We Need People
I am of the opinion that life’s smallest moments are often life’s most profound. It’s in these seemingly simple intonations that the best sort of change occurs.
I recently cried at a wedding.
Lest you be fooled into thinking this is unusual and possibly profound, it is not; I often cry at weddings. Deep expressions of familial love, well-executed personal details and concentrated statements of beauty and commitment overwhelm me, usually to the point of tears.
In the hopes of being honest and transparent, I did cry for all of those reasons at this wedding; many tears were shed. But the brightest moment among a night saturated with light didn’t have to do with the wedding at all. It revolved around a gin and tonic.
After the vows had been spoken, the wedding evolved into a massive celebration, so naturally my friends and I took to the bar. The first to order, I opted for the classic g&t. I’m not saying the friends who ordered after me copied me, but suspiciously enough, they ordered g&t’s too. I’ll let you decide for yourself the real story here.
I stepped back from the bar to make room for the other thirsty attendees. As my friend Alex Tedrow (fondly called Teddy by friends and strangers alike) came to find me, one deciding factor differentiated her drink from mine: a straw.
Now a straw might not normally constitute as a night-altering object, but to an enthusiastic story-teller, dancer and all-around mover and shaker, the presence of a straw contains the ability to save not only your own outfit, but many outfits around you.
Somewhere, there were straws just waiting for me to find them. Now I should tell you right now that when a challenge large or small looks me in the face, it’s not often that I wait around long enough to stare back. This particular instance lasted about a split second, but was enough to lay the foundation for something significant, significant to me at least.
“Do you want a straw? I get you a straw,” Teddy avowed in her charmingly-optimistic tonality, which often forgets auxiliary verbs. And with a smile and bounce in her step, she marched up to the bar to make good on her promise. Her approach, recognition and decision to act all happened more quickly than the internet disseminated the (glorious) news that Gilmore Girls will be given a second life.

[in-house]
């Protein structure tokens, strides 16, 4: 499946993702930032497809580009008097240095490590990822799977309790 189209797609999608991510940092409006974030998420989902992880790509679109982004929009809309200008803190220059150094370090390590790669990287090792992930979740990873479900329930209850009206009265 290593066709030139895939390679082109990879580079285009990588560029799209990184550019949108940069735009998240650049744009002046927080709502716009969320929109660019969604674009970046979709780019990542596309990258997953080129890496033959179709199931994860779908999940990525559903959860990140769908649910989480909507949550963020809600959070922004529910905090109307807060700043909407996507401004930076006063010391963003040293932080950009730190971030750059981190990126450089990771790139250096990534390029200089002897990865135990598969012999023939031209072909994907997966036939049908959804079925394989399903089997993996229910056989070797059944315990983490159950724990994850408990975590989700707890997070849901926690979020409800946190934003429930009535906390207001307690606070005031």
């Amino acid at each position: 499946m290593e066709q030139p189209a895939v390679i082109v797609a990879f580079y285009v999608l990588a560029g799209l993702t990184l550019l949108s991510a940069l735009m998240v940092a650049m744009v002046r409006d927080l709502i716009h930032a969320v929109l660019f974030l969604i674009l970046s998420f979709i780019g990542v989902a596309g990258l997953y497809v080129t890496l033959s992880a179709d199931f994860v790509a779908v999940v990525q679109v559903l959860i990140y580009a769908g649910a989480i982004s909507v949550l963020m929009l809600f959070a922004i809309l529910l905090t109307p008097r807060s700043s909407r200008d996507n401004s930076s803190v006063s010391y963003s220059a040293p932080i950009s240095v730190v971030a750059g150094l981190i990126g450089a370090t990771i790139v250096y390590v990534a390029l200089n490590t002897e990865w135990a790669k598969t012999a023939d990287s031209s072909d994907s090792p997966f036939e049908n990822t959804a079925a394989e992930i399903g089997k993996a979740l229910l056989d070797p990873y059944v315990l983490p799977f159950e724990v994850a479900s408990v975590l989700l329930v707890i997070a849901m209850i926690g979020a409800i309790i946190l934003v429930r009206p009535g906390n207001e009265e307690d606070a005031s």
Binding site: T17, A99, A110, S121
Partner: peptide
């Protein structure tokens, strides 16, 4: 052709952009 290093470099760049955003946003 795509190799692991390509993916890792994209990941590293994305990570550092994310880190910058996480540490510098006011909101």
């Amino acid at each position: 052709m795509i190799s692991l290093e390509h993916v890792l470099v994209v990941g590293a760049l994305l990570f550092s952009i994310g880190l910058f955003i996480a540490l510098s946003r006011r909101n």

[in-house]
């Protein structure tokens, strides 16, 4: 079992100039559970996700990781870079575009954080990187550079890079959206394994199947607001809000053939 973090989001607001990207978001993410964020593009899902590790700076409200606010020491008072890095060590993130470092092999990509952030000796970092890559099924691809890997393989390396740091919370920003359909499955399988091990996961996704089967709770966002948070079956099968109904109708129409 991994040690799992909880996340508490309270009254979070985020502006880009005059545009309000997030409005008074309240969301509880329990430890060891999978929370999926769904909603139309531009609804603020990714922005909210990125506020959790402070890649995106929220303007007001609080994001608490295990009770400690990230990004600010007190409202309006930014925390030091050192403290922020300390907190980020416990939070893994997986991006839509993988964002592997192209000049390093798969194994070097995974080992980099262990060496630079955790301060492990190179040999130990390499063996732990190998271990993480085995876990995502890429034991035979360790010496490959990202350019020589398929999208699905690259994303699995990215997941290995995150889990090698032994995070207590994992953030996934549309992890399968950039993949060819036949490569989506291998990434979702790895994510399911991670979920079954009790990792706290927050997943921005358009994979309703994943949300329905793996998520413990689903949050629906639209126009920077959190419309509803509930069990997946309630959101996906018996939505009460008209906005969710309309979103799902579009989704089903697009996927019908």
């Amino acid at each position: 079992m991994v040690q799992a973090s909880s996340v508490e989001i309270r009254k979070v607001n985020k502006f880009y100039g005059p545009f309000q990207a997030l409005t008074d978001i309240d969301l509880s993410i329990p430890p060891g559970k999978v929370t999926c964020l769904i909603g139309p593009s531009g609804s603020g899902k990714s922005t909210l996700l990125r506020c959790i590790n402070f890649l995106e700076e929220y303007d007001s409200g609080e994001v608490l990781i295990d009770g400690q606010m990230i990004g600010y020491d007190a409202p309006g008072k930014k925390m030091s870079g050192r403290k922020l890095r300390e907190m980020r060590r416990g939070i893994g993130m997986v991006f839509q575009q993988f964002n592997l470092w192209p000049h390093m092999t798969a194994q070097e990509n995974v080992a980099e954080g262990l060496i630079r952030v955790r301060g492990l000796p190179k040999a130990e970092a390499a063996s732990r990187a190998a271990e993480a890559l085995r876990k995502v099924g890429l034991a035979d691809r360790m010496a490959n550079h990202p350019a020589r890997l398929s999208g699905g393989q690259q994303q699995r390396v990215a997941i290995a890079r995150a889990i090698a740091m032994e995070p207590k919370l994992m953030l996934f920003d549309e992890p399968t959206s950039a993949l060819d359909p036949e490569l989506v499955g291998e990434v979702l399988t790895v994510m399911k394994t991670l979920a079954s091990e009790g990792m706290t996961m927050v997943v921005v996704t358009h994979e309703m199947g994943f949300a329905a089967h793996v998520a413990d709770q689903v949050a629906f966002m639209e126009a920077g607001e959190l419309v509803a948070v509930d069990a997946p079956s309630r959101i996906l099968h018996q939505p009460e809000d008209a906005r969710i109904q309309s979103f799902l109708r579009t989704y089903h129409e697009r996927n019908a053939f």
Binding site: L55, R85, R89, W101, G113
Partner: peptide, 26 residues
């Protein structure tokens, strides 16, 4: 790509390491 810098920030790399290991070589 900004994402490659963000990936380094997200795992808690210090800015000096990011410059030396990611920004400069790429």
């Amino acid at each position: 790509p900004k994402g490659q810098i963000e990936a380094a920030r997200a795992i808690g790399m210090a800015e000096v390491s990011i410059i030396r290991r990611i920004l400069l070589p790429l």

Stunned. I was stunned. Her intuition and impetuousness catapulted me (a regular Speedy Gonzalez) into forced stillness. All I could do was stand and wait while she paid heed to my peculiar need.
And without explanation, her return cued my aforementioned tears. And then the semi-successful attempt to hold them back.
If you’re wondering why exactly the arrival of a small piece of plastic evoked tears, you would not be alone. Even upon reflection, I don’t have the clearest answer for myself. What I do know is that I had spent an epoch as the energizer bunny, without realizing just how desperate I was for an interruption.
They will tell you that post-grad life (and moving to a new city in particular) is filled with discouraging moments. While I have had the occasional spilled milk (or spilled rice) moments, I haven’t felt discouraged in any sort of earth-shattering, public meltdown sort of way. Chin up, eyes alert, I’ve used copious amounts of energy on survival, which has taken the form of pursuing a constant state of adventure. I haven’t allowed myself to reflect, or to need.
But this wasn’t always a struggle. Friends with firmer foundations, friends in Auburn, Austin, Atlanta, Birmingham, Chicago, Houston and St. Louis can certainly attest to my neediness. And yet somewhere along the way I’ve subconsciously encouraged my recent friendships to act as supplements rather than sustenance. That’s not to say these friends haven’t seen my flaws - they surely have (bless). But I haven’t actively humbled myself in these friendships. I’ve believed my own strange standard that to make it in this big old city, I can’t let them see me cry (so to speak).
But like it or not, we need people. We need them in a messy, mixture of mascara and snot running down your face, way. Of this, I am sure. And though it took a small yet graceful (friend and) gesture for me to remember, I’m ready to be a human again, and not something powered by a battery.
[Photo by Juliette Kibodeaux.]
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